It seems to be turning into a new tradition. During the family Thanksgiving holiday up at the North Shore of Lake Superior, we watch an old movie involving an evil vehicle and then I blog about it. Strange, huh? Last year it was Duel. This year, we watched John Carpenter’s/Stephen King’s Christine. I enjoyed it. Admittedly, the story, much like many of Stephen King’s, offers up a creepy dose of repressed sexual desire and the reduction of women to object (car/”pussy”). Just check out this trailer:
And memorable exchange from early in the film:
George LeBay: Her name’s Christine.
Arnie Cunningham: I like that.
Dennis Guilder: Come on Arnie, we gotta get goin’, huh?
George LeBay: My asshole brother bought her back in September ’57. That’s when you got your new model year, in September. Brand-new, she was. She had the smell of a brand-new car. That’s just about the finest smell in the world, ‘cept maybe for pussy.
But, even though I shuddered at some of the lines and was dismayed by the female characters’ roles in the film (let’s just say that this film doesn’t pass the Bechdel Test), I was entertained and intrigued as I thought about Christine in relation to my favorite John Carpenter film, Halloween. I’m not interested in devoting a lot of time to thinking through the parallels and contrasts in these films. I don’t have time now and I’m not sure Christine really merits that much scrutiny. Apparently I’m not alone in wanting to skip the in-depth critique. Just try googling critical analysis of Christine. It’s slim pickings. Instead of a lengthy post, I’ll post just a few thoughts that arise when I put Halloween and Christine beside each other.
But. before offering those thoughts, here are brief summaries of each movie (SPOILER ALERT!!):
Halloween: Nerdy girl is taunted by her mean friends over her lack of boyfriend. While these friends have sex (or make plans to have sex) with their boyfriends and are subsequently killed by an escaped mental patient on Halloween night, she babysits and uses her wits (and crafty skills as a knitter) to fend off the killer and live to do the sequel.
(bonus summary) Boy kills sister after watching her have sex. Is locked up in mental hospital. Escapes and returns home 15 years later. Kills several teenagers after watching them have sex. Tries to kill the lone teenage virgin, played by Jamie Lee Curtis. He fails and she lives to star in the sequel and subsequent Activia commercials.
Christine: Nerdy, virginal boy is taunted by the tough guys in his shop class, smothered by his mother and pressured by his best friend to lose his virginity. When he buys an old car named Christine, his luck changes: he gets a girlfriend, eliminates his shop class bullies and successfully pisses off his mother. Only problem: his car is evil. It tries to kill his girlfriend, brutally murders his enemies and turns him (Arnie) into a deranged sociopath.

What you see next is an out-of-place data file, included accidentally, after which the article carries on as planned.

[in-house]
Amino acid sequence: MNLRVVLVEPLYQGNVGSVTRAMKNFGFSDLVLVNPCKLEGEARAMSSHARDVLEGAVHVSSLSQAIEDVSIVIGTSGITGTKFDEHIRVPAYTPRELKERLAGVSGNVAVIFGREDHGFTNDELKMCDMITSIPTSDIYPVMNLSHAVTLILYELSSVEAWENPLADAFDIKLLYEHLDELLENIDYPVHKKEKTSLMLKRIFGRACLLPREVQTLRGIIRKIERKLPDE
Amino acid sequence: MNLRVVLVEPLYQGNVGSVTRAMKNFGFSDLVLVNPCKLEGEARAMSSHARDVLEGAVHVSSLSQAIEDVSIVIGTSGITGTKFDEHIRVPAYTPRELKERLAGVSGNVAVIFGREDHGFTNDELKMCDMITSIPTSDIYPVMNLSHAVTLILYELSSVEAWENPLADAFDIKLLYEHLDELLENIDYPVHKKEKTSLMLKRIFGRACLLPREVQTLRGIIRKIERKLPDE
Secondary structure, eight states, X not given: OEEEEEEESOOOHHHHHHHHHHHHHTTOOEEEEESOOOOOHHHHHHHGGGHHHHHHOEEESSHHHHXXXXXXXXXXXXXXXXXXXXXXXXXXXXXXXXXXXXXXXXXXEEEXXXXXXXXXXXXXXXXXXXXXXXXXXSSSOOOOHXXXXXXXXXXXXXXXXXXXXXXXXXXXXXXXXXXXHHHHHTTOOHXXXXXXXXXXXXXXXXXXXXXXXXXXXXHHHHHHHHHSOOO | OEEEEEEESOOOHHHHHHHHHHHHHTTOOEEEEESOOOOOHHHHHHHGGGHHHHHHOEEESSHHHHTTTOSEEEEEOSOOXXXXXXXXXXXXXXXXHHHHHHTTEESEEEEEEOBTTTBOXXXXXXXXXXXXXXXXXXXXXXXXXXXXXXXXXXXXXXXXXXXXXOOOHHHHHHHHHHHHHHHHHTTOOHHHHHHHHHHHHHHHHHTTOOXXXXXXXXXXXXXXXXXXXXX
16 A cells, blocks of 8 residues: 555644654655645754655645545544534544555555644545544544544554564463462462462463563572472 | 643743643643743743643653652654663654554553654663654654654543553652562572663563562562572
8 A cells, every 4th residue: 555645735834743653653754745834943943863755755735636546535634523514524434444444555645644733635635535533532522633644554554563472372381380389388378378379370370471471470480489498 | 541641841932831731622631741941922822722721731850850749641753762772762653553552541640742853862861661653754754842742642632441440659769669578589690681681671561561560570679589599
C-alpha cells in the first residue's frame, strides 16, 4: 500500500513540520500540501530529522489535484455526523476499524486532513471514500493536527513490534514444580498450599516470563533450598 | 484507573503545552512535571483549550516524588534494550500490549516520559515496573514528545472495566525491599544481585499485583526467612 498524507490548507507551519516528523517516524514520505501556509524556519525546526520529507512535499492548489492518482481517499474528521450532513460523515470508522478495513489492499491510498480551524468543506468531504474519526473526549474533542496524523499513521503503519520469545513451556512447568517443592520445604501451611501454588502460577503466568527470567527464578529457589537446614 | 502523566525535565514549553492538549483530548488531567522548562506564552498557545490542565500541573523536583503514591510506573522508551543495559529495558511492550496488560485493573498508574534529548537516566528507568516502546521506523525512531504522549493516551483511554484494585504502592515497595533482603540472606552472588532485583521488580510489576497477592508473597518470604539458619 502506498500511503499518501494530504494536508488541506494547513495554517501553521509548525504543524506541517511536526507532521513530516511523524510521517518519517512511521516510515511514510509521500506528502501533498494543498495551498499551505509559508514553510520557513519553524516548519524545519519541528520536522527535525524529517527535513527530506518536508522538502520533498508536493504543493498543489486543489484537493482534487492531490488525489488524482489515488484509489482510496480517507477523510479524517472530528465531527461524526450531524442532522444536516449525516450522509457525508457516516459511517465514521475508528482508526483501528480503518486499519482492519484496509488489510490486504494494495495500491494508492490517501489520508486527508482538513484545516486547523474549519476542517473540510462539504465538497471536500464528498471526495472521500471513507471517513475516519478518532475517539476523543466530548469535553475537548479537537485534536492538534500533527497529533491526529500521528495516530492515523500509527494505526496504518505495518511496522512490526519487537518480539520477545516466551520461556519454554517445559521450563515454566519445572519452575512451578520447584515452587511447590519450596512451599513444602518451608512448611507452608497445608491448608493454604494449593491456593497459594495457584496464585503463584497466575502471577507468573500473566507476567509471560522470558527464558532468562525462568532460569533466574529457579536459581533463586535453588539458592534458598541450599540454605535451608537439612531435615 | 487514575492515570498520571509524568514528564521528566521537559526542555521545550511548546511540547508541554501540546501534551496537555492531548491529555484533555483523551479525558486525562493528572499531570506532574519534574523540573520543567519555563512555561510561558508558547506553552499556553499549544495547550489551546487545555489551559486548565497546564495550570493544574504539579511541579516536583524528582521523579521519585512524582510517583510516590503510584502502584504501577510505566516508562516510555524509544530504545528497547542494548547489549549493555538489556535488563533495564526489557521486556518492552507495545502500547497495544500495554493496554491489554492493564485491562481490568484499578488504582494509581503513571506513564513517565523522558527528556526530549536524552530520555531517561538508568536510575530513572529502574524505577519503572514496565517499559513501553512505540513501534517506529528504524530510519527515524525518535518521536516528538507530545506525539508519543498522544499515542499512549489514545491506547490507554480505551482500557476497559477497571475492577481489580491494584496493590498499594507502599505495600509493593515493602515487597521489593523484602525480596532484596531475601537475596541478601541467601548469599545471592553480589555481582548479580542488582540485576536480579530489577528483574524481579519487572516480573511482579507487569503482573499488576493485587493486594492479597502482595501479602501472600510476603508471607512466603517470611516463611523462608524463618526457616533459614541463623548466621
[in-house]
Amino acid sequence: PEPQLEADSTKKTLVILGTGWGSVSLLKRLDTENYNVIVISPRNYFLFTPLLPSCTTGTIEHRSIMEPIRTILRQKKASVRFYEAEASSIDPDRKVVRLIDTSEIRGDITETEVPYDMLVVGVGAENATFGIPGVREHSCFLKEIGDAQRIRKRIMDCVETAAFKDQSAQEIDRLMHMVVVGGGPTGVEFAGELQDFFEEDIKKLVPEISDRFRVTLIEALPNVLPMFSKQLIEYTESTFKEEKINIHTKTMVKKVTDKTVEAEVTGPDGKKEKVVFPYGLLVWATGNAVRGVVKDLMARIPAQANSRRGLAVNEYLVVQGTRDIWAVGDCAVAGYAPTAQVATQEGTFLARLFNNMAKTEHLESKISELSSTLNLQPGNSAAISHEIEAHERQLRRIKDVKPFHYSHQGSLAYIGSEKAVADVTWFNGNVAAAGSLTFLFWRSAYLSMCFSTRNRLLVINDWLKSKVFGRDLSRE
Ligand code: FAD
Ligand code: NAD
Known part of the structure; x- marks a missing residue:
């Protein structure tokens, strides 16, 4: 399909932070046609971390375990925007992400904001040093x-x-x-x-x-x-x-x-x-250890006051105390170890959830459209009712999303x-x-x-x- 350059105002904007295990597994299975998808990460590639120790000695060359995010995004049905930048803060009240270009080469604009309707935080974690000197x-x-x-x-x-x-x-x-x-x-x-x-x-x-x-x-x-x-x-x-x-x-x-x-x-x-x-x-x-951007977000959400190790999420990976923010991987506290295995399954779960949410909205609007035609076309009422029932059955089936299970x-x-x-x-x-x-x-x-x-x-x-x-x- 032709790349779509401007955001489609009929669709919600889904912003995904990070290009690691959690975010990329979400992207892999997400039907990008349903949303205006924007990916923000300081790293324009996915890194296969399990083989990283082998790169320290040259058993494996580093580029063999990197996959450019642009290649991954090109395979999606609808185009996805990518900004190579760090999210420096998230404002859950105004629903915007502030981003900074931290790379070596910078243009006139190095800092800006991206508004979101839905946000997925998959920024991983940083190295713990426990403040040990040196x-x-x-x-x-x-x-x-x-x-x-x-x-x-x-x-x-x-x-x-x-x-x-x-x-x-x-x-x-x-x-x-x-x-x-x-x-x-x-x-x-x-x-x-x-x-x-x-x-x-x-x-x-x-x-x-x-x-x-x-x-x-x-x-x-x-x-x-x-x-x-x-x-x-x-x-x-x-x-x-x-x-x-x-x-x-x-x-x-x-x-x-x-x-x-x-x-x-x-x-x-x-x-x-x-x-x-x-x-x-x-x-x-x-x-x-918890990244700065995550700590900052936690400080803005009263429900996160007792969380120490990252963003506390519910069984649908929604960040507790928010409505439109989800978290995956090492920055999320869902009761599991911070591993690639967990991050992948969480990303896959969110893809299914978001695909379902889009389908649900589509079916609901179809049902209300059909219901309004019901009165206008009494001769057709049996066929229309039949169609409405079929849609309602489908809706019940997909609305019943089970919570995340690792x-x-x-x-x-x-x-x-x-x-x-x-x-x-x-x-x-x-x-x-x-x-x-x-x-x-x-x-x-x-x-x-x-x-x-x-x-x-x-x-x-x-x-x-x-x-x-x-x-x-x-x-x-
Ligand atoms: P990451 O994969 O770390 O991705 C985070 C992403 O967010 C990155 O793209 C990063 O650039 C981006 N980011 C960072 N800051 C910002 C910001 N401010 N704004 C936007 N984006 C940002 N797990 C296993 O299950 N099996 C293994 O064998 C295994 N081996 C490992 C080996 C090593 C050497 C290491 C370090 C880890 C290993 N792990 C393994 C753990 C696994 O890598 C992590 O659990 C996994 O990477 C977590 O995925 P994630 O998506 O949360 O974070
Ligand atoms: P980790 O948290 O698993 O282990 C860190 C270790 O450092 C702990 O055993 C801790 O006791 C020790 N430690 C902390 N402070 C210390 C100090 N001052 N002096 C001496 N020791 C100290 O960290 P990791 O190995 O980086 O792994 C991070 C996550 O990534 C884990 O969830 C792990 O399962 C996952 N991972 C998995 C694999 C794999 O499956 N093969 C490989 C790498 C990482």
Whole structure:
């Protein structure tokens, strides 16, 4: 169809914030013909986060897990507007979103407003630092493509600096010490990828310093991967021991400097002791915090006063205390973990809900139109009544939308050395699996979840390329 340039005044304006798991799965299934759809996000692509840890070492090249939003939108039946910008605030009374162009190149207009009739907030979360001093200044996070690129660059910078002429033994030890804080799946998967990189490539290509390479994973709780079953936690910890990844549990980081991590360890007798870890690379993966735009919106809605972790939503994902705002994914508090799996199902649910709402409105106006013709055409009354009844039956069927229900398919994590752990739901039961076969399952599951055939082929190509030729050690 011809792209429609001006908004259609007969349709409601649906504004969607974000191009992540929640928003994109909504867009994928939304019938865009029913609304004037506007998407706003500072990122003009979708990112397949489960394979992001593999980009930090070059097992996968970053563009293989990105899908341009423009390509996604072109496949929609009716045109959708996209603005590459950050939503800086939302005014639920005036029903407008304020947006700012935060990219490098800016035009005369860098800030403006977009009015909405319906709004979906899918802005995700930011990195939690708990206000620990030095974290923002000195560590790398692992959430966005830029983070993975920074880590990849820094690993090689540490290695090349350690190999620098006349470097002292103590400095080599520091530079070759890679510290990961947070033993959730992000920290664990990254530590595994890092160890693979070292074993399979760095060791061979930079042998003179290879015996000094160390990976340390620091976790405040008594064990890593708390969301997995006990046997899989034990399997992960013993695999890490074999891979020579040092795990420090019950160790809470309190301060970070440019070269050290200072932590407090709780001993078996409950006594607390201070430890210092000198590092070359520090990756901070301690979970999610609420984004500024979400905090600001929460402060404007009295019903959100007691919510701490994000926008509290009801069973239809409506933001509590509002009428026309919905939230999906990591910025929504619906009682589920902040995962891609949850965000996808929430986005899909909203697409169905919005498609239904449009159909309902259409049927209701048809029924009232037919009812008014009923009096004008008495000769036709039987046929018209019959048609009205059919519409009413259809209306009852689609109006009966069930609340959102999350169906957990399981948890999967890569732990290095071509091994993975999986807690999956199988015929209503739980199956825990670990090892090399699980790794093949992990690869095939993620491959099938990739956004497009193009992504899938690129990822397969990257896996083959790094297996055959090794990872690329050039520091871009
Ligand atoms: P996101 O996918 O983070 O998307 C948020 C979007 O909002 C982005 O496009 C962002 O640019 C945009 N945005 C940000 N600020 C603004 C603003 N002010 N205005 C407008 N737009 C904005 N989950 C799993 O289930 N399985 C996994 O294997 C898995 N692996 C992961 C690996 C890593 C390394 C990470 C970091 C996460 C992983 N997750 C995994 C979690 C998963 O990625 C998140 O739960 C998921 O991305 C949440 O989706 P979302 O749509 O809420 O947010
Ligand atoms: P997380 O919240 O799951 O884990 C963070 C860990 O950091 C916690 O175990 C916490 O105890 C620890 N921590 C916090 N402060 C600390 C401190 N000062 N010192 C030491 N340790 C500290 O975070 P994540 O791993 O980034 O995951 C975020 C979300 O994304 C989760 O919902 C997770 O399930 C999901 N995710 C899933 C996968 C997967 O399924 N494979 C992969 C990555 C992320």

Halloween introduced the classic teenage slasher trope: have sex or express strong desire to have sex, then die. Laurie’s (main character, played by Jamie Lee Curtis), friends die after either having sex (Linda) or planning to pick up their boyfriend to have sex (Annie). It’s easy to read their deaths just as a warning to teenagers (especially girls) to never have sex (because you’ll die). However, when we put Annie and Linda beside Christine and its female characters:—Arnie’s (main character) car, Christine; Arnie’s girlfriend, Leigh; Arnie’s super-bitchy mom, Regina; and the school slut/”sperm bank”, Roseanne, it’s possible to read it differently.
In Halloween, the primary characters are all women who have their own agency and exist independently of the boys/men in their lives. Wow! I just realized that this film passes the Bechdel Test. And, when they talk about and engage in sex, they demonstrate a surprising amount of sexual agency. In fact, throughout the movie, the female characters are either initiators of or equal partners in the sex that they have or talk about having. They aren’t just objects of teenage boy’s lust or ostracized as super sluts. Sure, they all are killed (boo), but so are the boys that have sex with them. And it seems significant that Annie and Linda are represented as enjoying sex.
In contrast, none of the female characters in Christine enjoy sex or demonstrate a healthy sexual desire. Arnie’s girlfriend is a virginal prude who refuses to have sex with him. And the only other teenage girl in the film, Roseanne (played by a young Kelly Preston), is described as a “sperm bank.” Hmm….it’s the classic Virgin/Whore complex. Arnie’s mom no longer has or expresses sexual desire. She’s just mean and controlling. The movie seems to suggest that her domineering/smothering parenting is a main reason for Arnie’s geeky, loser status. And, Christine, the evil car that’s “bad to the bone,” is all-consuming in her desire for Arnie, body and soul. Her voracious (sexual) appetite and excessive desire for Arnie is his undoing. In crafting this character, I wonder if Stephen King was wanting to refresh the myth of the vagina dentata (the vagina with teeth)? It might be interesting to reread Barbara Creed’s discussion of it in The Monstrous Feminine (chapter 8).
Wow, writing and thinking more about these movies makes me appreciate Halloween even more.